United States of America, Plaintiff-appellee, v. Gibson Dia, Jr., Defendant-appellant, 39 F.3d 1189 (9th Cir. 1994)

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US Court of Appeals for the Ninth Circuit - 39 F.3d 1189 (9th Cir. 1994) Submitted Oct. 5, 1994. *Decided Oct. 27, 1994



Gibson Dia, Jr., appeals his conviction and sentence for aggravated sexual abuse. 18 U.S.C. §§ 1153, 2241(a) (1). He argues that the district court abused its discretion in admitting (1) evidence that Dia raped another teenager in 1976 and (2) testimony that the victim made certain statements shortly after the rape. He also argues (3) that the government failed to prove that the instant offense occurred on an Indian Reservation and (4) that the district court erred in sentencing him as a career offender under the United States Sentencing Guidelines. We affirm Dia's conviction but remand for resentencing.

Dia first argues that the district court abused its discretion in admitting testimony that Dia raped a fourteen-year-old girl in 1976. The district court admitted this testimony, as well as testimony that Dia raped a sixteen-year-old girl in 1986, but excluded evidence that Dia raped his ex-wife in 1985.

On appeal, Dia concedes that the testimony regarding the 1986 rape was properly admitted, but argues that the district court abused its discretion in admitting evidence about the 1976 incident because (1) the government did not provide sufficient evidence that Dia in fact committed the 1976 rape; and (2) the 1976 rape was too remote in time and too dissimilar to the instant offense to justify admissibility. See United States v. Houser, 929 F.2d 1369, 1373 (9th Cir. 1990) (listing requirements for admitting uncharged conduct).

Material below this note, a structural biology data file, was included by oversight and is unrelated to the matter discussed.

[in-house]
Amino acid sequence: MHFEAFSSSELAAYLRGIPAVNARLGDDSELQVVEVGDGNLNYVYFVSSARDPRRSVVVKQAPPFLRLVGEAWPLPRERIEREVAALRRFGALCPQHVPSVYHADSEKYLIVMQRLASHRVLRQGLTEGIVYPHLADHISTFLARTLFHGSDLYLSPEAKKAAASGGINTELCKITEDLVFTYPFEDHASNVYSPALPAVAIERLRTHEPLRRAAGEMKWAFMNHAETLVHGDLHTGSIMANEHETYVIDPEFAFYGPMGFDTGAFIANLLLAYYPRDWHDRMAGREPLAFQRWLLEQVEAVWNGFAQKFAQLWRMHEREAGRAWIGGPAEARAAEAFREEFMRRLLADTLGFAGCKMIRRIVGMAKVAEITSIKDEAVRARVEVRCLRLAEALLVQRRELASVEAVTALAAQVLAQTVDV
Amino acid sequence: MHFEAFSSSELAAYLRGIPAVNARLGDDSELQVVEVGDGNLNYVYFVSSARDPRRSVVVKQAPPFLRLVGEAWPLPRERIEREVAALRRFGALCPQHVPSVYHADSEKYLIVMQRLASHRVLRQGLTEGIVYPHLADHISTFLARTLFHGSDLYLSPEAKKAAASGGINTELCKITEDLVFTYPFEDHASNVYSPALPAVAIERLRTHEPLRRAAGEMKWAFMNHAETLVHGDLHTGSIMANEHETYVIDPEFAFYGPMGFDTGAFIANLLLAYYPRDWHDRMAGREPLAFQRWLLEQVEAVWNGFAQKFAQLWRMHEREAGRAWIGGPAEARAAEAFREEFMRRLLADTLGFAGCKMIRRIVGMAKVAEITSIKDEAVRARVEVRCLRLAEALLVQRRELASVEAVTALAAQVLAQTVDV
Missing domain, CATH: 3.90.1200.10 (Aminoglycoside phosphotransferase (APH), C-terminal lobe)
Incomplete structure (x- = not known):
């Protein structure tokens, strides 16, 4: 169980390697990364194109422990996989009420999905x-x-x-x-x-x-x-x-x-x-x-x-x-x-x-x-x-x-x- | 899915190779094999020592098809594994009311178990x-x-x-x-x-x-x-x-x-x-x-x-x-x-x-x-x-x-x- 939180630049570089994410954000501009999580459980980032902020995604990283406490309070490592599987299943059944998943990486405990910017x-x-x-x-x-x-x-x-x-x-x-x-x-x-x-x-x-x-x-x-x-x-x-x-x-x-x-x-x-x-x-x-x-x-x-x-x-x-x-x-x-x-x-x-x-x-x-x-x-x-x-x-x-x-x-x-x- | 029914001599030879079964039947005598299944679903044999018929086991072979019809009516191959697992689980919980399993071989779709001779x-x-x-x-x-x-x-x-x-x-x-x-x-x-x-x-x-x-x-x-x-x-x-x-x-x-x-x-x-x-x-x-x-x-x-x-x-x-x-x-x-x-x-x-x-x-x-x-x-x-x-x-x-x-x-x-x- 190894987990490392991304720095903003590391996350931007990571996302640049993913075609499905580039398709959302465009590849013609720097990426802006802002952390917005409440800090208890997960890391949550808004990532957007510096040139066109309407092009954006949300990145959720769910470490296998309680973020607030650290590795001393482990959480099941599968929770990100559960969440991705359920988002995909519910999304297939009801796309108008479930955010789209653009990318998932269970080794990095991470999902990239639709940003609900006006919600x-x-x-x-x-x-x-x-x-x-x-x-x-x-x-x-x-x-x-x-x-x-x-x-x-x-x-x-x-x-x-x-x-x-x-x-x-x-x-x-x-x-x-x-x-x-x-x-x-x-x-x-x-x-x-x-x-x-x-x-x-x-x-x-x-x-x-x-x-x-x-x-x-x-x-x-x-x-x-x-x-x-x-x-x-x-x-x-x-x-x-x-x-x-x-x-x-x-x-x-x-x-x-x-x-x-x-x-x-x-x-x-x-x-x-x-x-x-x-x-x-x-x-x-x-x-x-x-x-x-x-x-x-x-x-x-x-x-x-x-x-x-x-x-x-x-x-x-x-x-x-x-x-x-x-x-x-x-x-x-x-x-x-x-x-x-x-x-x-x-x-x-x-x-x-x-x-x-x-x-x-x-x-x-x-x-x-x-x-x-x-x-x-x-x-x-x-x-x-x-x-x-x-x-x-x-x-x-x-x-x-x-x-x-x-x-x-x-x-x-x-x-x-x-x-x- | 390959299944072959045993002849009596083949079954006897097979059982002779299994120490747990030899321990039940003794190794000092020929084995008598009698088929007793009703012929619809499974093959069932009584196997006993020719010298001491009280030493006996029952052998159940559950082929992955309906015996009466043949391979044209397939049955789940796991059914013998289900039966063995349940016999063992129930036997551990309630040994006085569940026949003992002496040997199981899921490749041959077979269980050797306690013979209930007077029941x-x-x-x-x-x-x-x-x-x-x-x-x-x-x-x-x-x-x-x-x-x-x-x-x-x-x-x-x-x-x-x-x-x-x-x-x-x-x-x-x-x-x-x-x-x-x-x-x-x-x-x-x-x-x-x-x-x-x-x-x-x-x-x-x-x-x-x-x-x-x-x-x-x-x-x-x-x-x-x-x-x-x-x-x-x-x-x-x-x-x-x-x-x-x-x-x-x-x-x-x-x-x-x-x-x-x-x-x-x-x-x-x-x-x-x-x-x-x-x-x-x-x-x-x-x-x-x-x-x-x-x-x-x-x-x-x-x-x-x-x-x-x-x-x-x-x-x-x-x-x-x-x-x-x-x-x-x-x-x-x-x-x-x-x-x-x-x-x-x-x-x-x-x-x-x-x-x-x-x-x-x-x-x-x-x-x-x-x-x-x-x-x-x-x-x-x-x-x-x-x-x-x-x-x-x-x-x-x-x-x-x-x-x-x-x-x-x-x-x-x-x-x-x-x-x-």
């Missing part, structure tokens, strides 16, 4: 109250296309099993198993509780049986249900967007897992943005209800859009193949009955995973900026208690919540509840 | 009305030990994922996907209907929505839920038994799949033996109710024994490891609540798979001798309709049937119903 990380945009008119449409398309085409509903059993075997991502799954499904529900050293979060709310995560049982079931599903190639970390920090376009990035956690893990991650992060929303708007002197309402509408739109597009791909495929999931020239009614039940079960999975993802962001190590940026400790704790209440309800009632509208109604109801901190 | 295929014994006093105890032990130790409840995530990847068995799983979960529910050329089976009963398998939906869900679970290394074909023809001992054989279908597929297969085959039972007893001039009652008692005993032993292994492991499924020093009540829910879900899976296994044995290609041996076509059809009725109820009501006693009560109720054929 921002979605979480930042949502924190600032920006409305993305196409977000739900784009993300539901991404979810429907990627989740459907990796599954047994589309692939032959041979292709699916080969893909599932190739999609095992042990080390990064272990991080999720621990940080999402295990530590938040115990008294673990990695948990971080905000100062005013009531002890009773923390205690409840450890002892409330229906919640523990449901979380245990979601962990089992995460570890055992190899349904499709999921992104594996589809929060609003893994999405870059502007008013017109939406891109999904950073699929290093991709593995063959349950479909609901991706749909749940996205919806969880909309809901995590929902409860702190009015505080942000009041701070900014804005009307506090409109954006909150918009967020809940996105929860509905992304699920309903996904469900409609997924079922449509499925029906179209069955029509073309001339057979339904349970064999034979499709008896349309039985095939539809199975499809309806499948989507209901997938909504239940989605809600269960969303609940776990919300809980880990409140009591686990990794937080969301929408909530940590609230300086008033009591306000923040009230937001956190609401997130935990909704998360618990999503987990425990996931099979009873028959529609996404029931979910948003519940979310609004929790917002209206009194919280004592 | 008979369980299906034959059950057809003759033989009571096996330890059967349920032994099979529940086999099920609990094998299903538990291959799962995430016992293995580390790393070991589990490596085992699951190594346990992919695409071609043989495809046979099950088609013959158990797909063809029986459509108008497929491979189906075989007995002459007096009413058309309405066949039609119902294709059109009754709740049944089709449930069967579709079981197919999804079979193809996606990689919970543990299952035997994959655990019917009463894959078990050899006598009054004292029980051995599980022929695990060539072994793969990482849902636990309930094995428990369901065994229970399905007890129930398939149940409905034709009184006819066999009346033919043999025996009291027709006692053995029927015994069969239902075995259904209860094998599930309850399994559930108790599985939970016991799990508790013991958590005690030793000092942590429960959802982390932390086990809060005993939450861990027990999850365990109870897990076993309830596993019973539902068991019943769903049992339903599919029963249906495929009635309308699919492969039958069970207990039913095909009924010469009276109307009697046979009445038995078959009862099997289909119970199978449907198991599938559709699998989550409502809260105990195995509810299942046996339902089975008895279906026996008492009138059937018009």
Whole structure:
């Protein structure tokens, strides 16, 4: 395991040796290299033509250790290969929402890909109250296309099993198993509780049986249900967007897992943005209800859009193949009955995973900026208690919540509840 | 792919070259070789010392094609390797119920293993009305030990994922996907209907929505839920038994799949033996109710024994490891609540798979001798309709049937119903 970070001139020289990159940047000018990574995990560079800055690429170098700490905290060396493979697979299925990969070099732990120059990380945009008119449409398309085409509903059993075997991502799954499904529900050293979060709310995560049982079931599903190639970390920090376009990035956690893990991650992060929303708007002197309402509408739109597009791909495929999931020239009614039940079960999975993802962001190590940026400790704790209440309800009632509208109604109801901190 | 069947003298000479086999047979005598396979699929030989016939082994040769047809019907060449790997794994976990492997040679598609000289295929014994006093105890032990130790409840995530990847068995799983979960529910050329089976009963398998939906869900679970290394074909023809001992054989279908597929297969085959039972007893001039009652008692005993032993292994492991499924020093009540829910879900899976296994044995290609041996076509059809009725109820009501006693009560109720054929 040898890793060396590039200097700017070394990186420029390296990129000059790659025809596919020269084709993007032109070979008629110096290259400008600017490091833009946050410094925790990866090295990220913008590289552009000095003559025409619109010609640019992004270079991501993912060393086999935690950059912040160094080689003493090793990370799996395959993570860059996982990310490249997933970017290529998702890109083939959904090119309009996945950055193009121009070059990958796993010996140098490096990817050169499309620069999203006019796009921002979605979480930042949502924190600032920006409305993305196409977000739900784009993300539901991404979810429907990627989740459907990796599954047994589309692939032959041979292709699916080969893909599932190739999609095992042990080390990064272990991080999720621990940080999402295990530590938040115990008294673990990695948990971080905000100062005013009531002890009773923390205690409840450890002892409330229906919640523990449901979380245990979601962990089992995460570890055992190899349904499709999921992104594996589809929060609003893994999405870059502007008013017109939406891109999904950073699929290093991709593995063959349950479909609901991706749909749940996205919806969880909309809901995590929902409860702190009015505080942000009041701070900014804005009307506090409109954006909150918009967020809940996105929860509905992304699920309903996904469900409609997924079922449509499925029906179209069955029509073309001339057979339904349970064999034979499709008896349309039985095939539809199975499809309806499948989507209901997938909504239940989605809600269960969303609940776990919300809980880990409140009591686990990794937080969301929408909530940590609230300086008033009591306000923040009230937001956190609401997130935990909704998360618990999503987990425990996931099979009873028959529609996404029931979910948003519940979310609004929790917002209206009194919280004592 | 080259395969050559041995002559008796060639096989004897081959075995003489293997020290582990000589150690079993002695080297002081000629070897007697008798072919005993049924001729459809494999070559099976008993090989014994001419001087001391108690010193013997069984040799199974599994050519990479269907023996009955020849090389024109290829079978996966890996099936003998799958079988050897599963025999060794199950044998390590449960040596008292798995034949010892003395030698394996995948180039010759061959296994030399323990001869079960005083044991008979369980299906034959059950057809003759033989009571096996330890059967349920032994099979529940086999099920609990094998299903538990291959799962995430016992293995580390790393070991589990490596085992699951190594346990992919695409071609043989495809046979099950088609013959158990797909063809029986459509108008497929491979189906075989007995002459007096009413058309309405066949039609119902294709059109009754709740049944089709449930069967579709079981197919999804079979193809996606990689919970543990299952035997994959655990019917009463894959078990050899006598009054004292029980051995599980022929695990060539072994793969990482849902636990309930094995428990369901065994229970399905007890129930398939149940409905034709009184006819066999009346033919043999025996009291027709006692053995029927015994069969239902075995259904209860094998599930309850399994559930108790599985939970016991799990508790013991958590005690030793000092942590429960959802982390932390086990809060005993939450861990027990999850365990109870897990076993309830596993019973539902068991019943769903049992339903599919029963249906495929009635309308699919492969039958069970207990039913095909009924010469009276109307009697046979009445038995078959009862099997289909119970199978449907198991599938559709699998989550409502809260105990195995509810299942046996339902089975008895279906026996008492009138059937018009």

We review for abuse of discretion a district court's decision to admit prior bad act evidence under Fed.R.Evid. 404(b). United States v. Chu Kong Yin, 935 F.2d 990, 994 (9th Cir. 1991). However, a nonconstitutional evidentiary error does not require reversal unless the error "more likely than not" affected the verdict. Id.; see also United States v. Emmert, 829 F.2d 805, 808 (9th Cir. 1987).